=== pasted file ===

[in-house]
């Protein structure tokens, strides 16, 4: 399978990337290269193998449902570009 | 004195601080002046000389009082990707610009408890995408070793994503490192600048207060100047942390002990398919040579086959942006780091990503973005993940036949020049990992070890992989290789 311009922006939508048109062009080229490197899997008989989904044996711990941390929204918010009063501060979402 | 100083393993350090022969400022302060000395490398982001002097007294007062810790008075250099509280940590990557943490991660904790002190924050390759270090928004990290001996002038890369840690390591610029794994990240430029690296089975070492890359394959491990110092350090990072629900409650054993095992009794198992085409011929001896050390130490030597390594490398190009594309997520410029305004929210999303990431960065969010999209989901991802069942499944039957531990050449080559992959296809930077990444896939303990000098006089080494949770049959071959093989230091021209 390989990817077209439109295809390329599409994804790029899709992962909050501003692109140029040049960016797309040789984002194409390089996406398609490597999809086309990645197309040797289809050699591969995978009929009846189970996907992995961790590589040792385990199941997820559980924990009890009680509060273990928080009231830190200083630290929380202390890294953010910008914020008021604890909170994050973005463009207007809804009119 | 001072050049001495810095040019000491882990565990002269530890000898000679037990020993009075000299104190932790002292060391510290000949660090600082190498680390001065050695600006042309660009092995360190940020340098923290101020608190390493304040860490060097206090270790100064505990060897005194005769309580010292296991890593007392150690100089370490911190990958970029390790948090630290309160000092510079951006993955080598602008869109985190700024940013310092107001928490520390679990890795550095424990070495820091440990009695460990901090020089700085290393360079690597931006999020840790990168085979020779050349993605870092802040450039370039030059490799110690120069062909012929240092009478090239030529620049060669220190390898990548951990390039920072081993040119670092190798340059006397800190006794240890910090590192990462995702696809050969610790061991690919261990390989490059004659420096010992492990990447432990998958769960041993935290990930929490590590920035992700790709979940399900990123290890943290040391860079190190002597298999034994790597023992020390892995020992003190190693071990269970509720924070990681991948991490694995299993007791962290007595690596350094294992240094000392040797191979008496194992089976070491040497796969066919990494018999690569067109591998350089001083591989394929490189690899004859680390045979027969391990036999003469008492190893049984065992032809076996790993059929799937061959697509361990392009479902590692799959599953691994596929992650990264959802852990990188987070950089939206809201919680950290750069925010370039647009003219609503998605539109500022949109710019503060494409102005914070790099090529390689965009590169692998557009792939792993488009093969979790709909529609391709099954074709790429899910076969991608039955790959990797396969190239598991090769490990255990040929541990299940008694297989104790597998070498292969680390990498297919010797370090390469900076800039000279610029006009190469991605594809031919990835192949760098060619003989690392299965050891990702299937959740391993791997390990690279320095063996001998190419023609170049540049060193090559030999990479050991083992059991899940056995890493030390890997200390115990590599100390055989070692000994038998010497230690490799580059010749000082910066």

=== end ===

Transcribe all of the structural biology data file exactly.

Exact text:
[in-house]
């Protein structure tokens, strides 16, 4: 399978990337290269193998449902570009 | 004195601080002046000389009082990707610009408890995408070793994503490192600048207060100047942390002990398919040579086959942006780091990503973005993940036949020049990992070890992989290789 311009922006939508048109062009080229490197899997008989989904044996711990941390929204918010009063501060979402 | 100083393993350090022969400022302060000395490398982001002097007294007062810790008075250099509280940590990557943490991660904790002190924050390759270090928004990290001996002038890369840690390591610029794994990240430029690296089975070492890359394959491990110092350090990072629900409650054993095992009794198992085409011929001896050390130490030597390594490398190009594309997520410029305004929210999303990431960065969010999209989901991802069942499944039957531990050449080559992959296809930077990444896939303990000098006089080494949770049959071959093989230091021209 390989990817077209439109295809390329599409994804790029899709992962909050501003692109140029040049960016797309040789984002194409390089996406398609490597999809086309990645197309040797289809050699591969995978009929009846189970996907992995961790590589040792385990199941997820559980924990009890009680509060273990928080009231830190200083630290929380202390890294953010910008914020008021604890909170994050973005463009207007809804009119 | 001072050049001495810095040019000491882990565990002269530890000898000679037990020993009075000299104190932790002292060391510290000949660090600082190498680390001065050695600006042309660009092995360190940020340098923290101020608190390493304040860490060097206090270790100064505990060897005194005769309580010292296991890593007392150690100089370490911190990958970029390790948090630290309160000092510079951006993955080598602008869109985190700024940013310092107001928490520390679990890795550095424990070495820091440990009695460990901090020089700085290393360079690597931006999020840790990168085979020779050349993605870092802040450039370039030059490799110690120069062909012929240092009478090239030529620049060669220190390898990548951990390039920072081993040119670092190798340059006397800190006794240890910090590192990462995702696809050969610790061991690919261990390989490059004659420096010992492990990447432990998958769960041993935290990930929490590590920035992700790709979940399900990123290890943290040391860079190190002597298999034994790597023992020390892995020992003190190693071990269970509720924070990681991948991490694995299993007791962290007595690596350094294992240094000392040797191979008496194992089976070491040497796969066919990494018999690569067109591998350089001083591989394929490189690899004859680390045979027969391990036999003469008492190893049984065992032809076996790993059929799937061959697509361990392009479902590692799959599953691994596929992650990264959802852990990188987070950089939206809201919680950290750069925010370039647009003219609503998605539109500022949109710019503060494409102005914070790099090529390689965009590169692998557009792939792993488009093969979790709909529609391709099954074709790429899910076969991608039955790959990797396969190239598991090769490990255990040929541990299940008694297989104790597998070498292969680390990498297919010797370090390469900076800039000279610029006009190469991605594809031919990835192949760098060619003989690392299965050891990702299937959740391993791997390990690279320095063996001998190419023609170049540049060193090559030999990479050991083992059991899940056995890493030390890997200390115990590599100390055989070692000994038998010497230690490799580059010749000082910066």